Qt.MidButton has been renamed to Qt.MiddleButton

Platform specific

Finally, platform-specific methods in the QtWin and QtMac modules have been deprecated, in favor of using the native calls instead. In PySide applications the only likely consequence of this will be the setCurrentProcessExplicitAppUserModelID call to set an application ID, for taskbar icon grouping on Windows.

python
try:
    # Include in try/except block if you're also targeting Mac/Linux
    from PySide2.QtWinExtras import QtWin
    myappid = 'com.learnpyqt.examples.helloworld'
    QtWin.setCurrentProcessExplicitAppUserModelID(myappid)
except ImportError:
    pass
python
try:
    # Include in try/except block if you're also targeting Mac/Linux
    from ctypes import windll  # Only exists on Windows.
    myappid = 'mycompany.myproduct.subproduct.version'
    windll.shell32.SetCurrentProcessExplicitAppUserModelID(myappid)
except ImportError:
    pass

Miscellaneous

  • QDesktopWidget has been removed – use QScreen instead, which can be retrieved using QWidget.screen(), QGuiApplication.primaryScreen(), or QGuiApplication.screens().
  • .width() of QFontMetrics has been renamed to .horizontalAdvance().
  • .get() of QOpenGLVersionFunctionsFactory() has been recommended to be used instead of .versionFunctions() of QOpenGLContext() when obtaining any functions of the Open GL library.
  • QRegularExpression has replaced QRegExp.
  • QWidget.mapToGlobal() and QWidget.mapFromGlobal() now accept and return a QPointF object.
  • All methods named .exec_() (in classes QCoreApplication, QDialog, and QEventLoop) have been deprecated, and should be replaced with .exec() which became possible since Python 3. However, they are still available under the underscored names for backwards compatibility.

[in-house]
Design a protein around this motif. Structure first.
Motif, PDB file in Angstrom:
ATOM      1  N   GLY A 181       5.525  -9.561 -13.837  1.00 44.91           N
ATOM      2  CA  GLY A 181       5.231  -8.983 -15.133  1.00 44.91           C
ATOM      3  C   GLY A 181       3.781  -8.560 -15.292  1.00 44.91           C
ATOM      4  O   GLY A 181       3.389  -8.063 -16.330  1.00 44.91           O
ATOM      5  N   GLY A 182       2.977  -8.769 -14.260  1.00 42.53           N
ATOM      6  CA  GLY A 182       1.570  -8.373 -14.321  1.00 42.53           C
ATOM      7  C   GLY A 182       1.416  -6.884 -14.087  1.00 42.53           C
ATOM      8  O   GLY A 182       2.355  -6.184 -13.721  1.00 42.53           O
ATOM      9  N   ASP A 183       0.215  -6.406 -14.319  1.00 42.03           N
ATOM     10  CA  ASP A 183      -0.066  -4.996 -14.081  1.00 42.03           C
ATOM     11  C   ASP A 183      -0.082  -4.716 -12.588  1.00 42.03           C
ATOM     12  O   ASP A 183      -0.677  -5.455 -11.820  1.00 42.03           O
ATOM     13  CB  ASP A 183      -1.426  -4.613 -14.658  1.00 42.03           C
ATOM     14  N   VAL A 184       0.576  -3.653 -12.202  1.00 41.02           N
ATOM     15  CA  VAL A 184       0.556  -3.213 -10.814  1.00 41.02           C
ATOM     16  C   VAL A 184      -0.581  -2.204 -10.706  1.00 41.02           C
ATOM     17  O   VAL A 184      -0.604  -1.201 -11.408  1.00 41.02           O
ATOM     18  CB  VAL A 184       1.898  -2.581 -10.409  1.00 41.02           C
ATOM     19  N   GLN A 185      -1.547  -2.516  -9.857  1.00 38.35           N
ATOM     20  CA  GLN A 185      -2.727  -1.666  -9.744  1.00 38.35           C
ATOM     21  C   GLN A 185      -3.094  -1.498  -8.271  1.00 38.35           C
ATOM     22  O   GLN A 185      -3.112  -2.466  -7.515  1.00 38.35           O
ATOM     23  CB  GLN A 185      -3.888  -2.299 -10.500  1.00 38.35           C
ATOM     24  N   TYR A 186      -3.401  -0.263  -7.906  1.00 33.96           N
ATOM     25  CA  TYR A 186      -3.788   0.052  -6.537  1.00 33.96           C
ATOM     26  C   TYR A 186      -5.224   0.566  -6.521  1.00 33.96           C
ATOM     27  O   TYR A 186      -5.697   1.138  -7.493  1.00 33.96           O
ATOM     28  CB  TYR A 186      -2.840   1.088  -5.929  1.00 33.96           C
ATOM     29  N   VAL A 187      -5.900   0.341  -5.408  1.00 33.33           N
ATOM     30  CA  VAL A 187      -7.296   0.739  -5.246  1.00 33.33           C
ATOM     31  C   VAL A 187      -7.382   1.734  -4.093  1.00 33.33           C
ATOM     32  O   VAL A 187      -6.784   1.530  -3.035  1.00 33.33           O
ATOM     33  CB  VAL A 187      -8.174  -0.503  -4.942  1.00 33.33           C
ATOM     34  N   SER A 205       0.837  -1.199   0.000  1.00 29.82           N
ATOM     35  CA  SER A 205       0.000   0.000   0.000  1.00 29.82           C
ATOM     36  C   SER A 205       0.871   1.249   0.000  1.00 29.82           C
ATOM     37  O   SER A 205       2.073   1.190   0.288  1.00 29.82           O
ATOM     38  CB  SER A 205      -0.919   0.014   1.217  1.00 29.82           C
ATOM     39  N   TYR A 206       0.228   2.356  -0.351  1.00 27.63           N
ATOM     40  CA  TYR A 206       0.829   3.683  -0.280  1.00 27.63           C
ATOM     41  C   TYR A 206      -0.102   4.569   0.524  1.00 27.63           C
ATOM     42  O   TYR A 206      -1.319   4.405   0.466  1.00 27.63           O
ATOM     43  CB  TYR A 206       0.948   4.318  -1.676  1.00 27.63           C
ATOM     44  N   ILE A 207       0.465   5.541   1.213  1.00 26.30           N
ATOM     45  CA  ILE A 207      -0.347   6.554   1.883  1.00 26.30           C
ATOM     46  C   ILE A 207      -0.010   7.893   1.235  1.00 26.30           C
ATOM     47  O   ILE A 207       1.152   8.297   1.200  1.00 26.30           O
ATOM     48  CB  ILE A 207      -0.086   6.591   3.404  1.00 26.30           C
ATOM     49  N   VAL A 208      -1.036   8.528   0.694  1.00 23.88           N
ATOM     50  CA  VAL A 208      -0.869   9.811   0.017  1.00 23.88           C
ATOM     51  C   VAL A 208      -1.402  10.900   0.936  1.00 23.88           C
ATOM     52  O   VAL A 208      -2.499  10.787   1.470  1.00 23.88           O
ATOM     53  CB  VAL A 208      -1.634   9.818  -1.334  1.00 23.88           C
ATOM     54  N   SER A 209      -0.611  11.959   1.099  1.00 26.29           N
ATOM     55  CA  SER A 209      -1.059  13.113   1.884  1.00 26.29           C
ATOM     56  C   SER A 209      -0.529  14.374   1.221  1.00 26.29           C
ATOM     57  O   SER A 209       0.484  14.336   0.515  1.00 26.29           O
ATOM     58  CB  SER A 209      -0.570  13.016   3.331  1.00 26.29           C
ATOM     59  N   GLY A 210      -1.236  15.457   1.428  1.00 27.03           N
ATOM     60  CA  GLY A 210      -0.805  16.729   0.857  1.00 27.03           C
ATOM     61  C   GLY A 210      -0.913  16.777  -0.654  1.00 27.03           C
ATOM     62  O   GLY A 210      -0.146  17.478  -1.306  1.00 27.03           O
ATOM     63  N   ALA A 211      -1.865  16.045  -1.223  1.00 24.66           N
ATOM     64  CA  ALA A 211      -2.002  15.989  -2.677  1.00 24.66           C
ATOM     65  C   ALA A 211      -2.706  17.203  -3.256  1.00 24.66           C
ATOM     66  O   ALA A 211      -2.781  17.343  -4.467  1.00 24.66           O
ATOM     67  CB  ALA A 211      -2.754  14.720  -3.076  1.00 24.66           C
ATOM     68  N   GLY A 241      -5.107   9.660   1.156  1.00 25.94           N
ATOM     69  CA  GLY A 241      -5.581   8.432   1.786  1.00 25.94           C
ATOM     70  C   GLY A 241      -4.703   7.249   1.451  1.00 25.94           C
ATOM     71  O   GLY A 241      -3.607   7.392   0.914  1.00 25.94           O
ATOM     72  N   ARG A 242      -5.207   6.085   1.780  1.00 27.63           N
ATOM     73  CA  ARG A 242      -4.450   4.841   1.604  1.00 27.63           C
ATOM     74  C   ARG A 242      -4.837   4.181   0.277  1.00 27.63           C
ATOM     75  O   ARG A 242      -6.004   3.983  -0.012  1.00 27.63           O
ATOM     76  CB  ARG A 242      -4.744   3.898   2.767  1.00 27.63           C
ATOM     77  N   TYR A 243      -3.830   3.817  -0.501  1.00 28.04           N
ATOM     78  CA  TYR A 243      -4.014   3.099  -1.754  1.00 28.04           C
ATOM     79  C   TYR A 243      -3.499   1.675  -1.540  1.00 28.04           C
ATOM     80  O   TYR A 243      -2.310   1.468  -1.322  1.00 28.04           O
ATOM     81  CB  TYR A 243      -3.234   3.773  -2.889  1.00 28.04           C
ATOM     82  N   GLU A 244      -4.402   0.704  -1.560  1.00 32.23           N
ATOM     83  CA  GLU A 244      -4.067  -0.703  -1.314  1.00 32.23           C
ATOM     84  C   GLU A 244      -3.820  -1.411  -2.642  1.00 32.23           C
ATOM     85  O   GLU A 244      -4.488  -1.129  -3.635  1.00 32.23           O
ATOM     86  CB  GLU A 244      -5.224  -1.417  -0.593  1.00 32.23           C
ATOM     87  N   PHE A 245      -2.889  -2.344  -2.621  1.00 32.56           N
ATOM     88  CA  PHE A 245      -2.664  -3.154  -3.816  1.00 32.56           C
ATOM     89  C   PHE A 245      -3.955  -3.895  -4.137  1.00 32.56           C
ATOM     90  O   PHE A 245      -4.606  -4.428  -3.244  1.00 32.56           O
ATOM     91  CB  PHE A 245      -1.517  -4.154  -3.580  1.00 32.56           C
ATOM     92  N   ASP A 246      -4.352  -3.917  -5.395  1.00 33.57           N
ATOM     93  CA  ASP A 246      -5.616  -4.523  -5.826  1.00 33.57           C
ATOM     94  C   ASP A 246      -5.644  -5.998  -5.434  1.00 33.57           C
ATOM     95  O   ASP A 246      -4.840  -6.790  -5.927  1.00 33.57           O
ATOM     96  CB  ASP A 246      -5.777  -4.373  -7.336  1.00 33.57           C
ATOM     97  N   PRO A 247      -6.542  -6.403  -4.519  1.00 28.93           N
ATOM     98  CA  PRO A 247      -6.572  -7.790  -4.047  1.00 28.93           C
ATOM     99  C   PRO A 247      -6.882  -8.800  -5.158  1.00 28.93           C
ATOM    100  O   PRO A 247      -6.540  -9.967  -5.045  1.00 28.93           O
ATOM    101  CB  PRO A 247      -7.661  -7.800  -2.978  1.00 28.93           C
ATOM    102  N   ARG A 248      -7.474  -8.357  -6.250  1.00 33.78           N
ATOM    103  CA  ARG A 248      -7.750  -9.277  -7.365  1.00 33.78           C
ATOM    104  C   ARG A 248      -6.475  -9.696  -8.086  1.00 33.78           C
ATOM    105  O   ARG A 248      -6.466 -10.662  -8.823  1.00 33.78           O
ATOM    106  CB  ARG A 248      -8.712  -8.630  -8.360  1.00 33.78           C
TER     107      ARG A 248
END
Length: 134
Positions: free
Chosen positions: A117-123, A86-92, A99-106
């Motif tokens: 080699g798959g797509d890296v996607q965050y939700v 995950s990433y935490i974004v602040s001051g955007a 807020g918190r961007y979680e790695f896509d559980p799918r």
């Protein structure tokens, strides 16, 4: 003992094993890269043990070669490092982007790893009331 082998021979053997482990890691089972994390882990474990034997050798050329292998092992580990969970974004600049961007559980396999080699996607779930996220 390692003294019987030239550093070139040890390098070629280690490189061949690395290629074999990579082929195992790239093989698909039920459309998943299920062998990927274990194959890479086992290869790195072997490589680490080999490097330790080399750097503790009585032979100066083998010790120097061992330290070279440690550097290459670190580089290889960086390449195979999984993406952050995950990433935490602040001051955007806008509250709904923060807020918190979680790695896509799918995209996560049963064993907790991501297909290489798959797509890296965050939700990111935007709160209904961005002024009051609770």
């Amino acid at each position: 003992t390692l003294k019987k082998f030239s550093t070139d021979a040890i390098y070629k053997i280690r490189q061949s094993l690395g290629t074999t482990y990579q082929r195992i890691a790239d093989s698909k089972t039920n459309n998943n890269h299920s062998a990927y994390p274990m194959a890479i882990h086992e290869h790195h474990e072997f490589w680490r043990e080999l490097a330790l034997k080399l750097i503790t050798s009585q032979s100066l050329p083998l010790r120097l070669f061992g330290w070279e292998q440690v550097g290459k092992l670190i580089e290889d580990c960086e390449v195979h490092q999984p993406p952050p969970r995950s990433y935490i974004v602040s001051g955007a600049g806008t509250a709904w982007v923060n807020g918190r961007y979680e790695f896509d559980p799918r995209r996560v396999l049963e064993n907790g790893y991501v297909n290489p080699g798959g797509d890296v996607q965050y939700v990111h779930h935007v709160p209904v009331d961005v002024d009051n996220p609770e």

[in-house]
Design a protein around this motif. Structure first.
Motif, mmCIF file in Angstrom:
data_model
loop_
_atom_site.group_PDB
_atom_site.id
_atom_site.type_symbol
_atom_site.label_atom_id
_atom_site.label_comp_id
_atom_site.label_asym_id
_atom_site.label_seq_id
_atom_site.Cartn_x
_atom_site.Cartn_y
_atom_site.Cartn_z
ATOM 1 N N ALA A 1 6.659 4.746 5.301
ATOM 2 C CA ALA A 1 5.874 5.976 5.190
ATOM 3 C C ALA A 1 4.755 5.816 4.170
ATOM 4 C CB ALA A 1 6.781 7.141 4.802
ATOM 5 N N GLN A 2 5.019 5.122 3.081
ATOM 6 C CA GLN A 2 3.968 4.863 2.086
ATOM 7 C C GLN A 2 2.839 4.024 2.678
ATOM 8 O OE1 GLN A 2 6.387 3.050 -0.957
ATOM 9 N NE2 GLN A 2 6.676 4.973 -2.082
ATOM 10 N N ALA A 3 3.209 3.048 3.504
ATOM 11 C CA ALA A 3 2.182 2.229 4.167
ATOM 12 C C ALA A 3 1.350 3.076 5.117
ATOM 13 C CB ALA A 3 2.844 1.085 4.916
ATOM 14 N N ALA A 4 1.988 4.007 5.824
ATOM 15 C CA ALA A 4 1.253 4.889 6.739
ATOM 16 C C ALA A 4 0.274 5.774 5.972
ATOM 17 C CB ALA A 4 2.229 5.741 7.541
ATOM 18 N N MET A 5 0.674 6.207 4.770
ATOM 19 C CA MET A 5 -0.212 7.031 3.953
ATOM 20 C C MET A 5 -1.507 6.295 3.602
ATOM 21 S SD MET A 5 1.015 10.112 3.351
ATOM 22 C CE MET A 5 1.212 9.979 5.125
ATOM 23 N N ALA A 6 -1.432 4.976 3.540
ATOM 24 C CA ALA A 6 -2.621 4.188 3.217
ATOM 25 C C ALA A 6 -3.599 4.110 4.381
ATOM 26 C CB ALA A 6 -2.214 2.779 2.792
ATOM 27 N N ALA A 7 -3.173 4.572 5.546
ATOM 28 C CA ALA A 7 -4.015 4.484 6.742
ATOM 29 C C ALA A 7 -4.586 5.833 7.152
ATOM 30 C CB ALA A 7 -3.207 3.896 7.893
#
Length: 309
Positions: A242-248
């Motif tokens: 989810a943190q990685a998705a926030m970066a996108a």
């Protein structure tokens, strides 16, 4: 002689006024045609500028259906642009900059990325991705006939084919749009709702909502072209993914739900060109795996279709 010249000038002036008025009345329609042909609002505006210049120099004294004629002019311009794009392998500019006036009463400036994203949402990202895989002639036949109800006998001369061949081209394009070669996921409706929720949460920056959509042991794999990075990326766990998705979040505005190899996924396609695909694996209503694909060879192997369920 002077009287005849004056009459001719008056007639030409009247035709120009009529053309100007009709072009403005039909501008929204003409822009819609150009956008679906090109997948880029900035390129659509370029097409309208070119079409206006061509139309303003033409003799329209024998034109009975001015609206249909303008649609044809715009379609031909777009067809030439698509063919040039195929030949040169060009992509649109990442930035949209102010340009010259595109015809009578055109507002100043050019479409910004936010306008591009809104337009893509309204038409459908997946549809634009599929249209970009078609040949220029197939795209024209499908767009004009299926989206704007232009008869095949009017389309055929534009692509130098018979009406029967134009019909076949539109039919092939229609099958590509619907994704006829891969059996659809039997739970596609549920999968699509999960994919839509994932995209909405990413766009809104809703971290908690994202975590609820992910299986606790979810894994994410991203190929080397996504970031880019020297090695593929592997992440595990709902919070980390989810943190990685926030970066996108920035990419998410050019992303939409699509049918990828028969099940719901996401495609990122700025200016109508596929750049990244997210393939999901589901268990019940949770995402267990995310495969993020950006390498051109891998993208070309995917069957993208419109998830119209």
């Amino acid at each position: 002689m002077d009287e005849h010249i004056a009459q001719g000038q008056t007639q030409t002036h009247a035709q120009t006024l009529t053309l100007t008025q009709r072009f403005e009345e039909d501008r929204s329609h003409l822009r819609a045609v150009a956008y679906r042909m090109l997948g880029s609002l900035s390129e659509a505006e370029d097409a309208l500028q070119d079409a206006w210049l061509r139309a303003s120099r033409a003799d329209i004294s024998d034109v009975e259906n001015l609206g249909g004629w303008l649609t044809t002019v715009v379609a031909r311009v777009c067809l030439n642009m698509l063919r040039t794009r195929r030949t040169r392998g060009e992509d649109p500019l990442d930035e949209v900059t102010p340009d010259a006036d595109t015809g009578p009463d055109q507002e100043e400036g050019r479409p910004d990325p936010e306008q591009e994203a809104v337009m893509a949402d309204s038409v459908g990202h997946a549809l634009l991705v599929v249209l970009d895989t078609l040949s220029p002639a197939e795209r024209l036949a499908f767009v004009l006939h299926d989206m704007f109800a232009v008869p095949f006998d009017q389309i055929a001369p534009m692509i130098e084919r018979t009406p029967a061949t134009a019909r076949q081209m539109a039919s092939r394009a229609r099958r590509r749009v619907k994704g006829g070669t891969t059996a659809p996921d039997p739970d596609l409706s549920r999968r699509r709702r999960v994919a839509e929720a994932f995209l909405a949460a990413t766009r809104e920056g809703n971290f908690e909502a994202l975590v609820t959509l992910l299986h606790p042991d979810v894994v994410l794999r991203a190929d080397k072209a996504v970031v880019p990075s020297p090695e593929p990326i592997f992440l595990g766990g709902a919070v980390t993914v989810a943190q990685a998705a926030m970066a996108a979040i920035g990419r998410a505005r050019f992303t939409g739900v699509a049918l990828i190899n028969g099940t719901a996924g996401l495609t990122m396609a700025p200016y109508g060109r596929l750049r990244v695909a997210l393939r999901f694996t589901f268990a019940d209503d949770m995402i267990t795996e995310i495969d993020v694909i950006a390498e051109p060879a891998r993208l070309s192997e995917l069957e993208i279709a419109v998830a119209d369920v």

snake_case and the new true_property

PySide2 introduced the snake_case feature to write Qt method names – like .addWidget() – in a Python-friendly snake-case style like .add_widget(). This allows your PySide code to follow the Python standard PEP8 style.

Introduced in PySide6 is a new feature which allows direct access to Qt properties as Python object properties, eliminating the setter and getter methods. This can be enabled explicitly on a per-module basis by importing the true_property feature.

The example below demonstrates the effect on PySide6 code of applying both these features.

python
table = QTableWidget()
table.setColumnCount(2)

button = QPushButton("Add")
button.setEnabled(False)

layout = QVBoxLayout()
layout.addWidget(table)
layout.addWidget(button)
python
from __feature__ import snake_case, true_property

table = QTableWidget()
table.column_count = 2

button = QPushButton("Add")
button.enabled = False

layout = QVBoxLayout()
layout.add_widget(table)
layout.add_widget(button)

As you can see, the true_property feature allows you to assign a value to a Qt property directly – rather than using setters.

In the pre-PySide6 code, you could only do .setEnabled(False) to set the enabled property of a widget to the value False, hence disabling the widget. However, with true_property enabled, you can set a property directly with, for example, button.enabled = False. While this may seem like a cosmetic change, following Pythonic style in this way makes code easier for Python developers to understand and maintain.